The following is from Asheville and Buncombe County, F. A. Sondley; Genesis of Buncombe County, Theodore F. Davidson (1922) at 153:

    Colonel Daniel Smith, a native of New Jersey, after considerable experience in the Indian wars, and as a soldier on the American side in the Revolutionary War, removed to Buncombe, then Burke, and settled immediately east of the railroad at the first branch above the passenger station at Asheville, on the hill just north of the branch where his cabin stood for many years, and where he died May 17, 1824. He was buried with military honors on the hill where Fernihurst now stands; but about 1875 his body was removed to the Newton Academy graveyard where it now rests. The curious and interesting inscription on his tombstone is as follows: "In memory of Col. Daniel Smith, who departed this life on the 17th May, 1824, Aged 67. A native of New Jersey, an industrious citiien, an honest man, and a brave soldier. The soil which inurns his ashes is a part of the heritage wrested by his valour for his children and his country from a ruthless and savage foe." His old rifle is still in Asheville. His widow, Mary Smith, who was a daughter of Major William Davidson above mentioned, died April 29, 1842, in the 82d year of her age and is buried by his side. At the home place of Colonel Daniel Smith just described was born on January 7, 1894, his son, James McConnell Smith. The latter married Polly Patton, daughter of Colonel John Patton hereinbefore mentioned.

    Daniel Smith Pension Letter 1926.

    Pension Number W-6127
    Service: North Carolina
    Smith, Daniel
    North Carolina
    Mary Smith, dec?d
    Widow of Daniel who was a Captain in the Revolution
    Husband died 17th May 1824
    Inscribed on the Roll at the rate of 300 Dollars 00 Cents
    Per annum to commence on the 4th day of March, 1843 and ending 20th May 1843
    Certificate of Pension issued the 29th day of May 1845 and Sent to
    Col J. S. Hawkins of North Carolina
    Now pursuant to Act of March 3, 1843


    In order to obtain the benefits of the 3d section of the Act of July 4, 1836

    State of North Carolina
    Buncombe County
    Court of Pleas and Quarter Sessions
    July Term 1844

    On the 4th day of July One thousand eight hundred and forty four personally appeared before the Court of Common Pleas and Quarter Sessions for the aforesaid County of Buncombe James M. Smith, son of the late Daniel Smith, deceased, a resident of the County and State aforesaid aged fifty seven years, who being first duly sworn according to the said doth, on his oath, made the following declaration in order to obtain the benefit of the provisions by the Act of Congress passed July 4th 1836.

    That this declarant the aforesaid James M. Smith on behalf of himself and the other heirs of said Daniel Smith, deceased, states that the said Daniel Smith was a Captain of Militia, the heirs understand and as such he served the United States at different times during the War of the Revolution against the common enemy for the period of two years or more under the commands of General Rutherford, Colonel McDowell and others at witch time he the aforesaid Daniel Smith lived in Rowan and Burke Counties, North Carolina, the latter of which was taken off of Rowan County in or about the year 1778 and in which County the said Daniel Smith resided.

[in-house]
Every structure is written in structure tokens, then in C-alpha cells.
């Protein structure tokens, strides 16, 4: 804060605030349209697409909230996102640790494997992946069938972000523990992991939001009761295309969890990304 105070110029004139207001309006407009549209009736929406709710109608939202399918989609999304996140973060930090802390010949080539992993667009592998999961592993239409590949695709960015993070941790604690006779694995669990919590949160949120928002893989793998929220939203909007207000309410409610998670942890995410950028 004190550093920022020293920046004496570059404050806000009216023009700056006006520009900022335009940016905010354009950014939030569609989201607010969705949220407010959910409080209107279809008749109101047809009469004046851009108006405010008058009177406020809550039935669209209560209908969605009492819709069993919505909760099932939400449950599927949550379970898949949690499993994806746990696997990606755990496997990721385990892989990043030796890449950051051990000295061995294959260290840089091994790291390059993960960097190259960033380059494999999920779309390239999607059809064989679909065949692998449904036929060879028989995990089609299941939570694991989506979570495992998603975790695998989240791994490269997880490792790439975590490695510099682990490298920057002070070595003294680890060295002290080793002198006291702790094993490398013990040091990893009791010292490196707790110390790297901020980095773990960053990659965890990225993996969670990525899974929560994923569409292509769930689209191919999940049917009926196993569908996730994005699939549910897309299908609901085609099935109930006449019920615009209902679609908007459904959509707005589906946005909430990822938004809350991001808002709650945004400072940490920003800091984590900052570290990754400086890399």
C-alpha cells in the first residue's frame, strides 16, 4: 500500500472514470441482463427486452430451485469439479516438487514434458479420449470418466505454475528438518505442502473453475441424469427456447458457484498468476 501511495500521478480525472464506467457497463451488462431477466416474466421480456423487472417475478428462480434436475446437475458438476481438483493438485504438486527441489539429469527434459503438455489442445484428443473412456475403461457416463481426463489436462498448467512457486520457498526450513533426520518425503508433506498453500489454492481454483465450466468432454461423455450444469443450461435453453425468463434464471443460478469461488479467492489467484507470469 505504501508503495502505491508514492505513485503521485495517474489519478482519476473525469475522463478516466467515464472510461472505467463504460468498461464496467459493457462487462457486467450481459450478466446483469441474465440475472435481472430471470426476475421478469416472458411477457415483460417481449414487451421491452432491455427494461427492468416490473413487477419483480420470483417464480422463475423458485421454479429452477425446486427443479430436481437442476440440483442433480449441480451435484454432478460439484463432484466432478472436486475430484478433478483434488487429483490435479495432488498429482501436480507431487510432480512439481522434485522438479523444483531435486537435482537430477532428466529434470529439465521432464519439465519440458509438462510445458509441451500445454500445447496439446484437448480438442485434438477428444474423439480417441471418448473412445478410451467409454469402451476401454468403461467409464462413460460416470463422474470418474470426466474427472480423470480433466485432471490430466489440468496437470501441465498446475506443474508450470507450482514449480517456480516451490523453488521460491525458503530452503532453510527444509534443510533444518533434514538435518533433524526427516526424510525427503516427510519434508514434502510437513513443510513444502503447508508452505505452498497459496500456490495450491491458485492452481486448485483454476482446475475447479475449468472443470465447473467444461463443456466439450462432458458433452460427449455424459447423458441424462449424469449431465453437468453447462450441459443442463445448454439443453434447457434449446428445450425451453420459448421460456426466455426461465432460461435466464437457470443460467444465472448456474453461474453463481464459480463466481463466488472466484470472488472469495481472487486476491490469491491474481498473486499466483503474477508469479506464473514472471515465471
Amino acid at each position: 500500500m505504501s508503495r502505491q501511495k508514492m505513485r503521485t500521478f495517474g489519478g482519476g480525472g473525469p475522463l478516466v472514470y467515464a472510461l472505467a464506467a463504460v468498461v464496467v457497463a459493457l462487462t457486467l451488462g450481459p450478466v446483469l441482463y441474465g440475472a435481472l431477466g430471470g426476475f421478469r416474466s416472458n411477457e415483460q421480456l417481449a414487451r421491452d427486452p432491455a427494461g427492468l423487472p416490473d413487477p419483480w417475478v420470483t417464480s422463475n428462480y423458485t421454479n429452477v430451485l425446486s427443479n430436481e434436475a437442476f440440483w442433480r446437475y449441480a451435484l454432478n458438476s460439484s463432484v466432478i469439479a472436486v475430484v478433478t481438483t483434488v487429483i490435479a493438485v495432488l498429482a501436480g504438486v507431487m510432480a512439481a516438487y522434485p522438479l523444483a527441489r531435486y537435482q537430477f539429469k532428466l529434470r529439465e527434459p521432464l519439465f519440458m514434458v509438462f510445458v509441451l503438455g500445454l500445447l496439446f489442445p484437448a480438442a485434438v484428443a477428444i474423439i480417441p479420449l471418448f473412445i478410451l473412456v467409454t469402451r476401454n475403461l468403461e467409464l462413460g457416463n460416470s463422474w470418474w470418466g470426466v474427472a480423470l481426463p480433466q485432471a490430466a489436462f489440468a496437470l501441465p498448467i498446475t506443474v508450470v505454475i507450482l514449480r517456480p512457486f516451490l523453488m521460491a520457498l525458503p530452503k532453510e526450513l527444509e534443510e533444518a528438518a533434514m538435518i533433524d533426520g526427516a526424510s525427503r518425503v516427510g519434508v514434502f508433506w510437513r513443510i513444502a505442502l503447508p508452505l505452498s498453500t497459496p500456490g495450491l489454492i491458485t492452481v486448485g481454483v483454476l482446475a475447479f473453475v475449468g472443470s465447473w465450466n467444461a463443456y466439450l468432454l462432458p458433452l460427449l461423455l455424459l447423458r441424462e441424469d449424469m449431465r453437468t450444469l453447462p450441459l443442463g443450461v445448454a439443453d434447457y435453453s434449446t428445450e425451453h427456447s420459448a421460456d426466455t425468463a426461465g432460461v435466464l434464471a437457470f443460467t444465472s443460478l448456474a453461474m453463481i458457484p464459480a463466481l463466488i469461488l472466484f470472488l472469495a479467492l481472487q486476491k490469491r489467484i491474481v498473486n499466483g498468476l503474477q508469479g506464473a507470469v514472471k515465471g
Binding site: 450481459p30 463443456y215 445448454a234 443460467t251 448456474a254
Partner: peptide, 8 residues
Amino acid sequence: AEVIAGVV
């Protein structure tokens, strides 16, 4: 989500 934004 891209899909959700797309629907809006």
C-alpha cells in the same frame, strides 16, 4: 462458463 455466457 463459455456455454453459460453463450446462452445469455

The declarant further states that to give furtherance of the above claimed service of his father he can say further that he has often heard his father state, and others known to the fact, that the said Daniel Smith served as a Captain and that he was frequently out on the frontiers of the State against the Indians, during the War and that he was also stationed, a part of the time, at a Fort with a company of men at the head of the Catawba River in Burke County.

    This Declarant also states that the aforesaid Daniel Smith was married in the fall of the year Seventeen hundred and eighty one, 1781, to Mary Davidson as husband and wife they lived together till the death of said Daniel Smith who died on the seventeenth day of May Eighteen hundred and twenty four, 1824, leaving his wife Mary a widow who departed this life on the twentieth day of May Eighteen hundred and forty three, 1843.

    And this declarant further sets forth on his said oath that the aforesaid Mary did not marry after the death of her husband the aforesaid Daniel Smith but remained a widow till her death.

    Sworn to and subscribed on the day and year full above written before the Court.

    Jas M. Smith

    N Harrison CCC

    State of North Carolina
    Buncombe County

    J. N. Harrison, Clerk of the Court of Pleas and Quarter Sessions for the said County of Buncombe do hereby certify that satisfactory evidence was this day furnished the said Court (now in session) that the parties above named, Captain Daniel Smith and Mary Davidson were lawfully married in the fall of the year Seventeen hundred and eighty one, 1781, that the said Daniel Smith died in the year Eighteen hundred and twenty four, 1824, and that his widow the aforesaid Mary died on the twentieth day of May in the year of Eighteen hundred forty three, 1843, leaving surviving the following eight children all of lawful age, to wit, James M. Smith, John L. Smith, Daniel Smith, Moses Smith, Betsy Patton, Polly Hawkins, Nancy Burnett, and Jane Fortune who are the only surviving children of Mary Smith, deceased.